She’s already graced Vogue’s cover; now first lady Jill Biden is smiling on the cover of Harper’s Bazaar, in a first-ever FLOTUS cover for the 155-year-old magazine.
Inside are a clutch of pictures of her in pretty frocks and a story that highlights Biden’s very busy schedule, her instinctive ability to connect with people and her devotion to her other, paid job as a community college professor.
But the clever digital neologism that will get the attention: Her “fexting” with her husband of 45 years, President Joe Biden.
Yes, they get into arguments (who doesn’t?) but they try to avoid doing it in front of their Secret Service agents, and have done so since he was vice president during the Obama administration. According to writer Mattie Kahn, Jill Biden doesn’t hold back when she’s frustrated about something.
“The president does not get a pass,” Kahn writes. “During the Obama years, they took to hashing out their occasional spats over text to avoid fighting in front of the Secret Service,” a strategy they called “fexting.”
Kahn writes: “Not so long ago, she tapped out a message to him in a fit of pique. Joe said, ‘You realize that’s going to go down in history. There will be a record of that.’” She grins. “I won’t tell you what I called him that time.”
Under the headline, “A First Lady Undeterred,” the admiring story details how Biden has coped with a pandemic, a war and a divided country with “the grace and conviction that has guided her all her life, showing up for her students, her friends and family, the American people, her husband and herself.”
Editor Samira Nasr said in a statement that Biden was a natural choice for an issue focused on freedom.
“We wanted to do this cover with Dr. Biden not as an expression of allegiance to a particular political party but to celebrate a woman who understands the gifts and responsibilities of freedom and who has made it her mission to be there for all Americans and help heal our divided nation,” Nasr said.
Among the story’s highlights:
She’s always worked, and sees working as providing a safety net and personal freedom: “I understand a woman’s need to have something for herself,” she says.
She balances a busy schedule of FLOTUS appearances around the country with teaching at Northern Virginia Community College, the first FLOTUS to keep a paying job while in the White House: The pace is intense but not new. “Showing up matters,” she explains. “That’s the feeling I get. You’re exhausted. You just do it.”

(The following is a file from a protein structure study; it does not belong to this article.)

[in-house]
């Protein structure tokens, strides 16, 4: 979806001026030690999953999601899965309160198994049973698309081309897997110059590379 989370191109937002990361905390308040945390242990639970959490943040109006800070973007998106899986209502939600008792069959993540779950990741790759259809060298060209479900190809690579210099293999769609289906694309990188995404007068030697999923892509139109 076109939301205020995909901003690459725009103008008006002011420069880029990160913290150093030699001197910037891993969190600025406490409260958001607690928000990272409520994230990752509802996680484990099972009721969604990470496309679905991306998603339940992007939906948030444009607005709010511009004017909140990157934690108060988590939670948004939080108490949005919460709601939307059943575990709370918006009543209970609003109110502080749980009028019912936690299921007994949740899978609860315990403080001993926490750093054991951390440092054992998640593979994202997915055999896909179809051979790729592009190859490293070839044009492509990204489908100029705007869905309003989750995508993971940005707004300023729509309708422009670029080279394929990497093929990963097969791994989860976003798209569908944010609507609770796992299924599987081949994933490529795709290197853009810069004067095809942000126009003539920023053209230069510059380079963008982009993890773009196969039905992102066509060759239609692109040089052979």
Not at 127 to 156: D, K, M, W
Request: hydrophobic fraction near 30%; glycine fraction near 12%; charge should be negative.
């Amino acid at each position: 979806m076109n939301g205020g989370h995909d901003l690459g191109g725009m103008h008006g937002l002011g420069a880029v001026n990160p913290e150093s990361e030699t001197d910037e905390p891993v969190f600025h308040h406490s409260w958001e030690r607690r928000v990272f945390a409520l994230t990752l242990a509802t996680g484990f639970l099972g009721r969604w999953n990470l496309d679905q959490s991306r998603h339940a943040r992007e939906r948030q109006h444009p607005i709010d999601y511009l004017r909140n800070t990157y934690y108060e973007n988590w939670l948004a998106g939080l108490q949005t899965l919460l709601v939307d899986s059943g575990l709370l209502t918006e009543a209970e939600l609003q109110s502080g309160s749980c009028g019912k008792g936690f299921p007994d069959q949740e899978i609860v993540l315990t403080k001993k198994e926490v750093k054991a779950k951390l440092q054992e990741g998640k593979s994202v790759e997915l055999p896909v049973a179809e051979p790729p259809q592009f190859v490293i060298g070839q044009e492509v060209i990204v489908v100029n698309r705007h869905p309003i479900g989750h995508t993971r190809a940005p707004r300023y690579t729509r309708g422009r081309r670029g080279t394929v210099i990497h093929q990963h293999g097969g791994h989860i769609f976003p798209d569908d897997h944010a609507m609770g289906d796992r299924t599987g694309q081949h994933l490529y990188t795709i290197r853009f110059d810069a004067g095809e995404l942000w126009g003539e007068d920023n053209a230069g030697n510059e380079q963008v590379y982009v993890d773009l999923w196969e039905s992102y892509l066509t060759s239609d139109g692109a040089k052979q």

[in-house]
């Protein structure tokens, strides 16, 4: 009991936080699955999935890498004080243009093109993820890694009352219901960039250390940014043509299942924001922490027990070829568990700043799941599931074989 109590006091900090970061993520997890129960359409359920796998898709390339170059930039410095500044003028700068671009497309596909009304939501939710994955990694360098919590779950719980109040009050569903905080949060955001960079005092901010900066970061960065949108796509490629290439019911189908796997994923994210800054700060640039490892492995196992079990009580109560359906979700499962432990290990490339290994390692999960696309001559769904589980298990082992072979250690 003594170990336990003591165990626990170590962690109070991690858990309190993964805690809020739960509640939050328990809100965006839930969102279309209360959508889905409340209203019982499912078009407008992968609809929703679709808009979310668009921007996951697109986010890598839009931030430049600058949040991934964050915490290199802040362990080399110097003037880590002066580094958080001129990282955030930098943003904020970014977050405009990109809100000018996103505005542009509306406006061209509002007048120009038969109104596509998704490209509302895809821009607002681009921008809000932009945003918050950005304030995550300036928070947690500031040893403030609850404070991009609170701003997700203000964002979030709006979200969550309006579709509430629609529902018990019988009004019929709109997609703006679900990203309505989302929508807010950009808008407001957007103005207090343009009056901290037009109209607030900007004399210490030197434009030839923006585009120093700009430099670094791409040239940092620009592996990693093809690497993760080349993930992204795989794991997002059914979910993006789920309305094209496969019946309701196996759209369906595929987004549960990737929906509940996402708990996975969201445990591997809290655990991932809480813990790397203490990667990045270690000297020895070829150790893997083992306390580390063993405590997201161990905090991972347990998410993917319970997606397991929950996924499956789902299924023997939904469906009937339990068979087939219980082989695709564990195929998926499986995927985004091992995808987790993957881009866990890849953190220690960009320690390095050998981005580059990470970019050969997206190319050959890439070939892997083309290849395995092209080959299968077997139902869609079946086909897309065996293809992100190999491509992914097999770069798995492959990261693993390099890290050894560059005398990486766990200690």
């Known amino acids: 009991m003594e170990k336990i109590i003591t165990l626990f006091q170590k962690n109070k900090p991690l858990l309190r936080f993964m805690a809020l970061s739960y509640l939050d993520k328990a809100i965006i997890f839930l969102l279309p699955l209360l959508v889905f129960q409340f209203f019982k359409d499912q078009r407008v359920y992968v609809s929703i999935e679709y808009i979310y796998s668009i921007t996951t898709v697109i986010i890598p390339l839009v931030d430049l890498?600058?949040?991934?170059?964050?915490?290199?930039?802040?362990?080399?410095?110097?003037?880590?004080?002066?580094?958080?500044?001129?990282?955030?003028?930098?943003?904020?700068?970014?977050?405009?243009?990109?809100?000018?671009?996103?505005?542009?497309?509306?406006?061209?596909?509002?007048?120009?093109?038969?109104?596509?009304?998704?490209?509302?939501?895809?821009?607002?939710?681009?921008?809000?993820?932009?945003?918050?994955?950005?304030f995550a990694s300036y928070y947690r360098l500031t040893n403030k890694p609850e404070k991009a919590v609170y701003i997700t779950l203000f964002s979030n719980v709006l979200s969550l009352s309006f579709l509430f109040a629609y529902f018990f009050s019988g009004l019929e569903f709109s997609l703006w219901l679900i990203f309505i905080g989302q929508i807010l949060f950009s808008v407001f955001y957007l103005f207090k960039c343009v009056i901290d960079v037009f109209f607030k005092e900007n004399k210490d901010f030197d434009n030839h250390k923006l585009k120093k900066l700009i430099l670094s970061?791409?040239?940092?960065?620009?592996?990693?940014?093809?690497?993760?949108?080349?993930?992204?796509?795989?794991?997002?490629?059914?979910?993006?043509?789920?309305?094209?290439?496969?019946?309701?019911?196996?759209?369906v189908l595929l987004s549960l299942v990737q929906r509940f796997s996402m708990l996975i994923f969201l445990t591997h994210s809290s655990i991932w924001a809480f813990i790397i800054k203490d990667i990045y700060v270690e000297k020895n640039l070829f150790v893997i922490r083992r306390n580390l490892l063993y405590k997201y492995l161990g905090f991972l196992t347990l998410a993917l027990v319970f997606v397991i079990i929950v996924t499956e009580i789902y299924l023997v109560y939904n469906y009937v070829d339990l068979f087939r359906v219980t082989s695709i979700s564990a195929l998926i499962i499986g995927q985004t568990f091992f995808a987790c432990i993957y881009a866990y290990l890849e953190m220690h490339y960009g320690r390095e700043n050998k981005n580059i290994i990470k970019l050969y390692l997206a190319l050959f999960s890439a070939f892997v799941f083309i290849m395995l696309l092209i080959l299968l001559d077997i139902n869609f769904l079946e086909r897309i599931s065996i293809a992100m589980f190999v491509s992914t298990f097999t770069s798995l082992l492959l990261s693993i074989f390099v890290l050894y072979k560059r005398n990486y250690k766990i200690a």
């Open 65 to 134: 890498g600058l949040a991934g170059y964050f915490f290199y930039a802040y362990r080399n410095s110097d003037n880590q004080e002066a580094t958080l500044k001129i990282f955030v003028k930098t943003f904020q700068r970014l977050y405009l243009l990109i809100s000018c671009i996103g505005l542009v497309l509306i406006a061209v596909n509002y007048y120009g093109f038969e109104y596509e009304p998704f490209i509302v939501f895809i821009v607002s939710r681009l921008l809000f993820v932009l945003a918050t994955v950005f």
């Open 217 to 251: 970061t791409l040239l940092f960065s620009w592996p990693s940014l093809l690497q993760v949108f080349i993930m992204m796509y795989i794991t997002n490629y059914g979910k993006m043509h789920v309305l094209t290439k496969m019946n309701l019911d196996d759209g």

Her routine: Her alarms is set for sunrise. “The first thing I do is open the blinds and look out.” She goes to meetings, she attends barre classes, has dinner with her husband, marks up exams before bed, and twice a week commutes from the White House to teach three classes a week in Alexandria, Virginia.
On how she can quickly recognize someone who is suffering, after enduring her own family’s losses. “I can spot it so quickly,” she says. “Just in their line of sight, their body language.”
On what she learned from her brief first marriage and her divorce: “I knew I would never, ever put myself in that position again – where I didn’t feel like I had the finances to be on my own, that I had to get the money through a divorce settlement,” she says. “I drummed that into (daughter), Ashley: Be independent, be independent. And my granddaughters –you have to be able to stand on your own two feet.”
On her effort to bring attention to the childcare crisis, which she has seen in her Zoom classes when she’d see students’ kids crawling through screen after screen: “I will keep talking about childcare and pushing childcare and hoping that we get it,” she says. “Families need it – not just women. I hear that all across America.”
Kahn interviewed Biden in the Green Room of the White House in the spring, with the Bidens’ German shepherd Commander snoozing in a corner. But she was photographed in the streets of Philadelphia, near where she grew up in the suburb of Willow Grove, Pennsylvania.
At one point, Biden walked the cobblestone streets barefoot, the magazine says. When a group of high school students on a field trip to the Museum of the American Revolution spotted her, she went over to greet them, asked about their college aspirations, and offered advice.